Babettes Feast and Other Stories


The Limitations of Women’s Opportunities in “Babette’s Feast”

February 26, 2019 by Essay Writer

Throughout the text of “Babette’s Feast,” Martine and Philippa are described only as beautiful and fair, unlike their father who is portrayed as a dean and prophet, acknowledging his accomplishments directly to his worth, where as the sister’s worth is determined solely by their looks. Babette’s feast has many elements of sexism, that causes the two main characters to have a hindered world view. Given a different and more generous set of opportunities than they were, Martine and Phillipa’s lives could have been drastically different.

Achille Papin and Lorens Lowenhielm both exclaimed to have fell deeply in love with the women and upon first glance, wanting to be with them forever, purely based on their appearance and simple mannerisms. This shows just how little men of that time thought of their wives, showing them off as prizes rather than a woman to be respected.“…prizing the maidens far above rubies and had suggested as much to their father.” The Dean describes his daughters as merely an appendage off of him, rather than their own persons. “But the dean had declared that to him in his calling his daughters were his right and left hand.” In this quote, their father means to say that Martine and Philippa are such a large part of his everyday routines, that he would not be able to do it without them. This hinders the women’s ability to leave and start their own lives or families if they wish, because of their father’s need to have them by his side. We see huge examples of sexism here, as the men are able to think and move with much freedom while women are expected to stay where the men want them. Even for those who enjoy or are content being carried along by the men in their lives can never say that for sure because they have never felt life on their own terms. A considerable part of them is taken away and locked in a respectable, makeup covered box that they must carry with them. “And the fair girls had been brought up to an ideal of heavenly love; they were filled with it and did not let themselves be touched by the flames of this world.” Martien and Philippa are only described using kind and fair words throughout the text, focusing more on their beauty than anything else.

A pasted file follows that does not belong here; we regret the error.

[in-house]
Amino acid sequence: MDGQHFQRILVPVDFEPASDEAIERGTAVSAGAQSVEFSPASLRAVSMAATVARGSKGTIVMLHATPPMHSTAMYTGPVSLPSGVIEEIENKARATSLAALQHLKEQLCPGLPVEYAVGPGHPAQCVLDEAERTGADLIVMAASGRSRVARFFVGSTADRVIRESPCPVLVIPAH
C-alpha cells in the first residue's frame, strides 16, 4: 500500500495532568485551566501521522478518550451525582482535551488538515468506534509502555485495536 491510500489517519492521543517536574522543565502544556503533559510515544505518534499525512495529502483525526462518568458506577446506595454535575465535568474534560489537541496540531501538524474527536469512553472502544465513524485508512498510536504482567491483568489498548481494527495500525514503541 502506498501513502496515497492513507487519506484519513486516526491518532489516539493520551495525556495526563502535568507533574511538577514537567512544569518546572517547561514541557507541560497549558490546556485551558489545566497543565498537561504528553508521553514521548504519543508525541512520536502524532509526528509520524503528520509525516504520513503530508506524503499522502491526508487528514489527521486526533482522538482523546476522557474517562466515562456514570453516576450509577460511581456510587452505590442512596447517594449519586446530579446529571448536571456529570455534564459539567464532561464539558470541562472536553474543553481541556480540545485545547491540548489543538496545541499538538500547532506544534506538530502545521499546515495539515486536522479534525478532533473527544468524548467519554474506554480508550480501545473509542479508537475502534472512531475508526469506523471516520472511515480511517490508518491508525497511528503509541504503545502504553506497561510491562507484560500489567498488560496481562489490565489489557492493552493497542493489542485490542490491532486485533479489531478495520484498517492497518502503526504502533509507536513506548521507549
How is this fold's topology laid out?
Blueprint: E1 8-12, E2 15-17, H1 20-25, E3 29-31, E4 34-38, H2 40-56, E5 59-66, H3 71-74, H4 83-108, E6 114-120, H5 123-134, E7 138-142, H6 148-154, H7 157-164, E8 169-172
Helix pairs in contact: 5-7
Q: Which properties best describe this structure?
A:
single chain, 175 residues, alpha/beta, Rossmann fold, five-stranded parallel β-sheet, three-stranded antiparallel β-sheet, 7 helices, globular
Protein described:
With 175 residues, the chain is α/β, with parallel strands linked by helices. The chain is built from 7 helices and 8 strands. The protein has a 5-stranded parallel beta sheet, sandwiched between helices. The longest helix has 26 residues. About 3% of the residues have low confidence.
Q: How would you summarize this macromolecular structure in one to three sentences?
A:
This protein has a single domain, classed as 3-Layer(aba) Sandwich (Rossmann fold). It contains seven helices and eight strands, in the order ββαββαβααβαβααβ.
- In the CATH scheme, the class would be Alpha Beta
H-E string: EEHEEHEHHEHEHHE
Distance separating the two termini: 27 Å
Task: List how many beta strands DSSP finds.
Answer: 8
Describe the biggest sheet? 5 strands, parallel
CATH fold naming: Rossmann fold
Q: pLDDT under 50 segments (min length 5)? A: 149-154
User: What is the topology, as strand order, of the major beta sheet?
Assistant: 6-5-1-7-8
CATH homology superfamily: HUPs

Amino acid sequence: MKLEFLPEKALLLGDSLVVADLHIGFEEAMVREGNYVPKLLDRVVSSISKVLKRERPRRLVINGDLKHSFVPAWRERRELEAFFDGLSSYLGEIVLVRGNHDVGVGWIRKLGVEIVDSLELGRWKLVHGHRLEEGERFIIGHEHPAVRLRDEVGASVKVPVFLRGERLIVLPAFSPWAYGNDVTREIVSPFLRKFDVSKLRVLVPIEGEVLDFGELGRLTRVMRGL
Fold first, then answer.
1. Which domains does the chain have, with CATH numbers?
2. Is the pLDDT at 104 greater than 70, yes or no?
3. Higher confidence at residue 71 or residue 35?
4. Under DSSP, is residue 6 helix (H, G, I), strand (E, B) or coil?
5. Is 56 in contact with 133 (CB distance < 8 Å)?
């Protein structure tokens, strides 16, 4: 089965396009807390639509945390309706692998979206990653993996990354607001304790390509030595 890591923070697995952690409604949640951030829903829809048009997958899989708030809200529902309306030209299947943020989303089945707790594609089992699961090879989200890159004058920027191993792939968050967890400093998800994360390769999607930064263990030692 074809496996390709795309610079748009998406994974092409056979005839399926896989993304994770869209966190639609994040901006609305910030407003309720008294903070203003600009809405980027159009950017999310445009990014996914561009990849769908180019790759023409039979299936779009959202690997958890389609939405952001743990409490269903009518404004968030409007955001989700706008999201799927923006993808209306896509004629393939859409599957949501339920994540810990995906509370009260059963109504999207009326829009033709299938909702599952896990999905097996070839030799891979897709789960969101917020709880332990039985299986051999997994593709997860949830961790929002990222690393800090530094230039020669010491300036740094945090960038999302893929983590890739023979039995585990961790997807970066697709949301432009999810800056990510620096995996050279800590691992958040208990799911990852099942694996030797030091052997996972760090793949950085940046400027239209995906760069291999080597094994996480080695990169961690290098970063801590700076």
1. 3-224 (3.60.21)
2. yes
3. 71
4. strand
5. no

The only time any skill of any kind is listed about the sisters, is when Achille Papin arrives and points out Philippa’s beautiful voice. “He did not mention the Opera of Paris, but described at length how beautifully Miss Philippa would come to sing at church, to the glory of God.” When speaking to the Dean, a man of very religious ways, he played on what he knew about him, that he was a man of God and would want nothing more than to please Him however possible. Achille Papin knew that what he spoke of was an offer that the Dean could not refuse; an offer to better his and his daughter’s relationship and connection with their savior. The Dean was a smart man, well educated in many languages and with a wealth of religious as well as academic knowledge, he stood much taller than his daughters, and it can be presumed by the text that he liked it that way. “Their father had been a dean and a prophet, the founder of a pious ecclesiastic party or sect, which was known and looked up to in all the country of Norway.” The women and Norwegian community continue this idea that their father (the Dean) is all knowing and a highly important religious figure, even after he has passed. “His daughters had long been looking forward to this day and had wished to celebrate it, as if their dear father were still among his disciples”. This leaves Martine and Philippa little to no opportunity to make their own decisions, or have their own opinions or careers. They are surrounded by men, who take on a role of power and dominance, most of them decorated in flashy medals, with uniforms covered in perfectly pressed ribbons, proving their value and worth. The sisters grew up with no powerful woman figure, only men who degraded them down to lesser than themselves.

“Babette’s Feast” ultimately shows the sexist world that Martine and Philippa have grown up in, and how the community around them supports these ways. Throughout the text, many examples of this is shown when the sisters are unable to lead their own lives, forced to be at their father’s mercy, even after he is gone. The unfair world view these women have been given is result of years of accomplished men being put before them.

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